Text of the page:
Choose your charter school wisely

Charter school kids
There is so much to choose from when it comes to charter schools — make sure you start with some good research. / Colourbox

Transferring your child to a charter school can be a harrowing experience before his or her new classes even start. But a little research will light the way. Every charter school is different, which of course is the point, and because they are all independent, you won’t find any kind of guide grouping them by focus or discipline. So we’ve collected a few resources to help you start your research.

What to look for
Once you’ve made a list of schools whose mission statements and educational focuses feel appropriate for your student, nothing beats showing up in person. “Parents should conduct visits, ask questions,” explains Deirdre Darragh, of the School District of Philadelphia. Ask teachers if they’ve been happy there. Request information regarding the schools’ performance numbers.
Perhaps most importantly, investigate how seasoned the teachers are. A 2003 National Assessment of Educational Progress study of charter school performance discovered that students whose teachers had five years or more of experience performed significantly better than those with inexperienced teachers, regardless of the school. It also determined that charter schools are twice as likely to employ inexperienced teachers as traditional public schools.

Getting in
By law, any applicant in a charter school’s district may attend. Since the best schools typically have more applicants than spots, they accept students via lottery. But there are some loopholes — for example, siblings of current students frequently receive priority — so ask each school about the process. Also, when it comes to the application process, it’s important to know your rights. There are examples of less scrupulous schools requiring essays or testing, or volunteer time from parents — none of which is legal — in an effort to select better-performing students and improve the school’s chances of reaching it’s charter-demanded performance numbers.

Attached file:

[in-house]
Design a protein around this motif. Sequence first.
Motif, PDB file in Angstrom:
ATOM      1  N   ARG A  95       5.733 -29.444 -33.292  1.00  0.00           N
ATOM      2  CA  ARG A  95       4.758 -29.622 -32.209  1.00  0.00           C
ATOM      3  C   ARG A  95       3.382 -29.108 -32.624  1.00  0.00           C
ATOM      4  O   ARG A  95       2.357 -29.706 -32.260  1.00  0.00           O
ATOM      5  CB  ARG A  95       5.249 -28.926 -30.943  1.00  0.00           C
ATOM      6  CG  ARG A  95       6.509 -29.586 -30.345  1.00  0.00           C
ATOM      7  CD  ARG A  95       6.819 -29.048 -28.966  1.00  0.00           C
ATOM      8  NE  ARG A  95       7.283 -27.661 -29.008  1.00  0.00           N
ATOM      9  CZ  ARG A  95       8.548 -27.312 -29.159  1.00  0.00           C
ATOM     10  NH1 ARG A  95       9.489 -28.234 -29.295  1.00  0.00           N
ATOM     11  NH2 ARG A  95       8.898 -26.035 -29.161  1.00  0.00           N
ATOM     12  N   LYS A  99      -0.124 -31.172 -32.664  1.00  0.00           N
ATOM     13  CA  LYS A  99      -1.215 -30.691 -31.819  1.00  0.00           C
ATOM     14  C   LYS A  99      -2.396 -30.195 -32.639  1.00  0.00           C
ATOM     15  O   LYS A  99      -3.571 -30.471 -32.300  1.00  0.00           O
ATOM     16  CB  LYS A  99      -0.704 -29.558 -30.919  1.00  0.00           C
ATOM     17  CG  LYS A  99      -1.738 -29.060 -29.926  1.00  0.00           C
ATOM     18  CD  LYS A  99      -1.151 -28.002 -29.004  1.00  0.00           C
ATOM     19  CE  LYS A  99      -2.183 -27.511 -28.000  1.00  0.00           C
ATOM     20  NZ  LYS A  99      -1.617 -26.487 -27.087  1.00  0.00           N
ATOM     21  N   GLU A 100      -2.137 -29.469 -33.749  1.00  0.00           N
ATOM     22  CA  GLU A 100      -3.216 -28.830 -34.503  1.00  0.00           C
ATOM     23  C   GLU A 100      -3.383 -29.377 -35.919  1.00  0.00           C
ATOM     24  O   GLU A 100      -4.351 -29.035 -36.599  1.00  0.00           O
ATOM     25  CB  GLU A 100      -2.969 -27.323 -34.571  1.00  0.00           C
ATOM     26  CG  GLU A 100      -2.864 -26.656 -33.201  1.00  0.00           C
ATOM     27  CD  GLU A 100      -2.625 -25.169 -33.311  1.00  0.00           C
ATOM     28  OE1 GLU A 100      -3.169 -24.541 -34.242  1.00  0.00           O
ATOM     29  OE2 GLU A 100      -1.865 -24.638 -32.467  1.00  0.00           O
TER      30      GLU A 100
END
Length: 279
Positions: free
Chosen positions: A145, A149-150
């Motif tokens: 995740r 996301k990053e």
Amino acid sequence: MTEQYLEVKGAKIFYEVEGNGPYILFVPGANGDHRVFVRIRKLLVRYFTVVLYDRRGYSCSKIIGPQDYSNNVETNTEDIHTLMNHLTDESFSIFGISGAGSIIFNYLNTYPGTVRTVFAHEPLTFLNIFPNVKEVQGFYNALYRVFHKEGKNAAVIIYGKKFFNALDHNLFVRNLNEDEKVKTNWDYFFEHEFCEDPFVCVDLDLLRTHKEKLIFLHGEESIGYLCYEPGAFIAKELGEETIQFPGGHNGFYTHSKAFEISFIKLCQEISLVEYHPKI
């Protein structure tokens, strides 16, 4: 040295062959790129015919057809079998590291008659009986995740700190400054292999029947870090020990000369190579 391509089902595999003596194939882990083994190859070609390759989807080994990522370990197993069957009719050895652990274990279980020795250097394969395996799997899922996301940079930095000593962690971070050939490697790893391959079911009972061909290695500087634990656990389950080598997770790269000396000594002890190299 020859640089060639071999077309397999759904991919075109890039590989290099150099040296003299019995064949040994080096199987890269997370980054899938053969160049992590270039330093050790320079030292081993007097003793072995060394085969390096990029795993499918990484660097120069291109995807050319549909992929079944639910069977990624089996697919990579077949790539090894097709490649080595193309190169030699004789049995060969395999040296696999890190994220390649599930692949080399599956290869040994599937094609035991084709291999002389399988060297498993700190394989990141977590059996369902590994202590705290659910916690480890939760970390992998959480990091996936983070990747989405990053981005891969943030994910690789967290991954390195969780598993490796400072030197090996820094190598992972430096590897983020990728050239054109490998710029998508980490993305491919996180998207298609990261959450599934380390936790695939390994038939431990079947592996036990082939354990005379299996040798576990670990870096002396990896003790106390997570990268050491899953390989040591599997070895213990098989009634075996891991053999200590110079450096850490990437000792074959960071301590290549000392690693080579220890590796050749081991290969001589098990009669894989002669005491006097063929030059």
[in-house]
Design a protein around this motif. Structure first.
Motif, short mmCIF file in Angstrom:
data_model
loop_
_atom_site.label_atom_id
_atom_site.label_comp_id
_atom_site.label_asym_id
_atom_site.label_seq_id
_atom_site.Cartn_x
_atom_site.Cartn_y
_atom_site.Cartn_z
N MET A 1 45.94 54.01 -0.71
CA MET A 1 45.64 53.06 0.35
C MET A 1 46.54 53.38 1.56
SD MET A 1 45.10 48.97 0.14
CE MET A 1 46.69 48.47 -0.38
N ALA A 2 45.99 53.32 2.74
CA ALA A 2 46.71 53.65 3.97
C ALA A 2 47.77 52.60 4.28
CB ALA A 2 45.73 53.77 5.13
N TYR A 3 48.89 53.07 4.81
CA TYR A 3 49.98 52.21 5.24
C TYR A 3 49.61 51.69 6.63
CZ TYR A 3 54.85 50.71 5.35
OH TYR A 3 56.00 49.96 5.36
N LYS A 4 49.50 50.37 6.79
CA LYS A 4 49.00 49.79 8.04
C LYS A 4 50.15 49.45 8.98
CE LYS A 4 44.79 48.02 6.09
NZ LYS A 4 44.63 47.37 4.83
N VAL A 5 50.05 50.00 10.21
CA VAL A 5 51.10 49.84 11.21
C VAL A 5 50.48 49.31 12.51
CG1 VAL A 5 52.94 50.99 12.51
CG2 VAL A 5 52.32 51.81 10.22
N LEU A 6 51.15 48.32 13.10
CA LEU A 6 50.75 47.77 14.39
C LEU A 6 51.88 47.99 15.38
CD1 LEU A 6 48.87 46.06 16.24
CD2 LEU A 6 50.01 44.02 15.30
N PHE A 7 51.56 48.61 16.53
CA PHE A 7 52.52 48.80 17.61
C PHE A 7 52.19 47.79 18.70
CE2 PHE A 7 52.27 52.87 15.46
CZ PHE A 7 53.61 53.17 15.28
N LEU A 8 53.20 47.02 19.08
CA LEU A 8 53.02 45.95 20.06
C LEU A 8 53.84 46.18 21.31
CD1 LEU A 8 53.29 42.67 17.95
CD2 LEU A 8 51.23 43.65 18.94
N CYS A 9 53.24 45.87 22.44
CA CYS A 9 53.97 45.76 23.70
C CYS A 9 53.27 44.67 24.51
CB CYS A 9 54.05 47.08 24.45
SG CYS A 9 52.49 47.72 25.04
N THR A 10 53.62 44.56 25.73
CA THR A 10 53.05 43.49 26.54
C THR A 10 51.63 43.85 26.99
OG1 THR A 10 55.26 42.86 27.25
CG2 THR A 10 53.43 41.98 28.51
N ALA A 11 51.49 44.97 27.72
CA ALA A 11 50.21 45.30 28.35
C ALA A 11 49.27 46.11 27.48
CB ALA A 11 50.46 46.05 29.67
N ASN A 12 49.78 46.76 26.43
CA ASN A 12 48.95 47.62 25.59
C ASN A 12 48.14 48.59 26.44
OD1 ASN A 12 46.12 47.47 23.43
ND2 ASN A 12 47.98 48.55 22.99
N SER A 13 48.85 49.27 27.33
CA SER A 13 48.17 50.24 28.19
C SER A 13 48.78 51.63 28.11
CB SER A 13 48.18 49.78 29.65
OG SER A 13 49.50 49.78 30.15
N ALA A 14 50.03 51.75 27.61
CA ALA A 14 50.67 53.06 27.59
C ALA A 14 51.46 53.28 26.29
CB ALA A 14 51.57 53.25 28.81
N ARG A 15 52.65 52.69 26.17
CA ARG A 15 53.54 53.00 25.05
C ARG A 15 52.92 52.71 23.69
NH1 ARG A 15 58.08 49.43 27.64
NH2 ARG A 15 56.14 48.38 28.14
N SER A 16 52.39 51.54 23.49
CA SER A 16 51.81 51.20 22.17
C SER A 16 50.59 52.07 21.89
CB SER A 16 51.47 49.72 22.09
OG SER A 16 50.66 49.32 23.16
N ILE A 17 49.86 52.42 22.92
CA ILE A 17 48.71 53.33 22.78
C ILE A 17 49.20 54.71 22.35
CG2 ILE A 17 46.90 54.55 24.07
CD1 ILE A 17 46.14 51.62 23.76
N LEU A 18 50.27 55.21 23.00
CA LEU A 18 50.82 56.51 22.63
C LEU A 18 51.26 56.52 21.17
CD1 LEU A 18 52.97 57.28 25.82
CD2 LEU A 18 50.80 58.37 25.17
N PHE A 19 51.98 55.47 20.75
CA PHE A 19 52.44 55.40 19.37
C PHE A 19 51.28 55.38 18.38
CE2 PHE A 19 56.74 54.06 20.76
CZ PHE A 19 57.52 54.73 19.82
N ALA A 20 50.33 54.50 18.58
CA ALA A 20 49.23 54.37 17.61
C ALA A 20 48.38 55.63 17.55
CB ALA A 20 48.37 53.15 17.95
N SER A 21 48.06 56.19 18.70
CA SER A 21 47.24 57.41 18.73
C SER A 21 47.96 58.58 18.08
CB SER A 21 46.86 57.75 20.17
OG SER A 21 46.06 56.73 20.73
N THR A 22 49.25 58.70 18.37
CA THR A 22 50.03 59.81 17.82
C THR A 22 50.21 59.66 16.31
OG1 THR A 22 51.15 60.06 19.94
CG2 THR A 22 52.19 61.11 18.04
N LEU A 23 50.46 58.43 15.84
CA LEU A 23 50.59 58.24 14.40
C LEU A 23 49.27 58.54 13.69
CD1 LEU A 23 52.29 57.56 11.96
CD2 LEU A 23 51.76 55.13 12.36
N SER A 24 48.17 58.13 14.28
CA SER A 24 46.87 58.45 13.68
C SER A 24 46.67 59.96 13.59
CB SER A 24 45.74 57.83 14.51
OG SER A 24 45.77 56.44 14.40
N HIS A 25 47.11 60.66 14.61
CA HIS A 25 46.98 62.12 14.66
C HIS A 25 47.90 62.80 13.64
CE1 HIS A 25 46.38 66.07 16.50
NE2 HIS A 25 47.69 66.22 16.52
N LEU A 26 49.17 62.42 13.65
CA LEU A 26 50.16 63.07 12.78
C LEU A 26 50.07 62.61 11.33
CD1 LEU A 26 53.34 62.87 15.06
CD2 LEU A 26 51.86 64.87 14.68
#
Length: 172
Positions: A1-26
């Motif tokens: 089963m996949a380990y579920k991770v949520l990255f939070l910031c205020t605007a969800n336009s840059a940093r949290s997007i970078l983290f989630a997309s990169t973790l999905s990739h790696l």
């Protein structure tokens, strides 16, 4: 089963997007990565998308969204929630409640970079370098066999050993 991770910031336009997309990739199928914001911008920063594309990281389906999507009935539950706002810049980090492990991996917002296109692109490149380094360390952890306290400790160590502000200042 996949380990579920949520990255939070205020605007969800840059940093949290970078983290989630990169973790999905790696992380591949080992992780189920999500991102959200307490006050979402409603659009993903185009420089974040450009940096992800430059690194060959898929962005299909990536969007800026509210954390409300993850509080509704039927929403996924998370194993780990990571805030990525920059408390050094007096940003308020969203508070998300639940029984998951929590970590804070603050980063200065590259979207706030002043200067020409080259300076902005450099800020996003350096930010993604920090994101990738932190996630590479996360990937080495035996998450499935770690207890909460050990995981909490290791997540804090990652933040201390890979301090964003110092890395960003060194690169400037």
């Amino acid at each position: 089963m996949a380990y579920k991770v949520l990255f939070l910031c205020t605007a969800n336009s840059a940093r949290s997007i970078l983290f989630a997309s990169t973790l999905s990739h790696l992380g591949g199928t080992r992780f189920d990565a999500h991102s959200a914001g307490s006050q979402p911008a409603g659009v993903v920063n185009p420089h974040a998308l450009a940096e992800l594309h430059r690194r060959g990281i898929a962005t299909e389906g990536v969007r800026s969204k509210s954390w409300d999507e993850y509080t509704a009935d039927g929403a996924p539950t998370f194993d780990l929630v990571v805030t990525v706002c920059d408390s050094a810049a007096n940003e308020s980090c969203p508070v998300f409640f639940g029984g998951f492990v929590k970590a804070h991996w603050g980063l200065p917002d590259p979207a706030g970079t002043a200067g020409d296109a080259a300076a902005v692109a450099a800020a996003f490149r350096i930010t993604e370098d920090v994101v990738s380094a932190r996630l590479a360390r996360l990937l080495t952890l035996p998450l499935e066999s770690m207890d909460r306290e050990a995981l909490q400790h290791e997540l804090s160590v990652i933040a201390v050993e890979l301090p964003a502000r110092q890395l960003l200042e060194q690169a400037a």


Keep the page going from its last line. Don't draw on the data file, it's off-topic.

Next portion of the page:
Show up
Attend board meetings. Although each school is categorized as a corporation, with its own board of trustees, it is still a public institution, and is required by law to make its board meetings open to the public.

According to Darragh, the single best thing you can do is, “Start early. Provide ample time for research and inquiry. Given that every charter school has its own deadline, it is crucial that families are aware of the expectations for application submission and compile a timeline for each application.”

• The School District of Philadelphia publishes a directory of every single city charter school, including for each an address, contact name and information, and the grade levels offered.

• On the Charter Schools page of the Pennsylvania Department of Education’s website, a performance report is available for the year 2011, listing each school’s performance numbers in math and reading.

• The Center for Education Reform’s website will pull listings for all charter schools in the state, providing addresses and telephone numbers, as well as the schools’ academic focuses, years they opened, number of students enrolled and grade levels offered.

• The website of the Philadelphia Public School Notebook offers full profiles of every charter high school in the city, even including student racial demographics, any accreditations or awards and how long the waiting list is.


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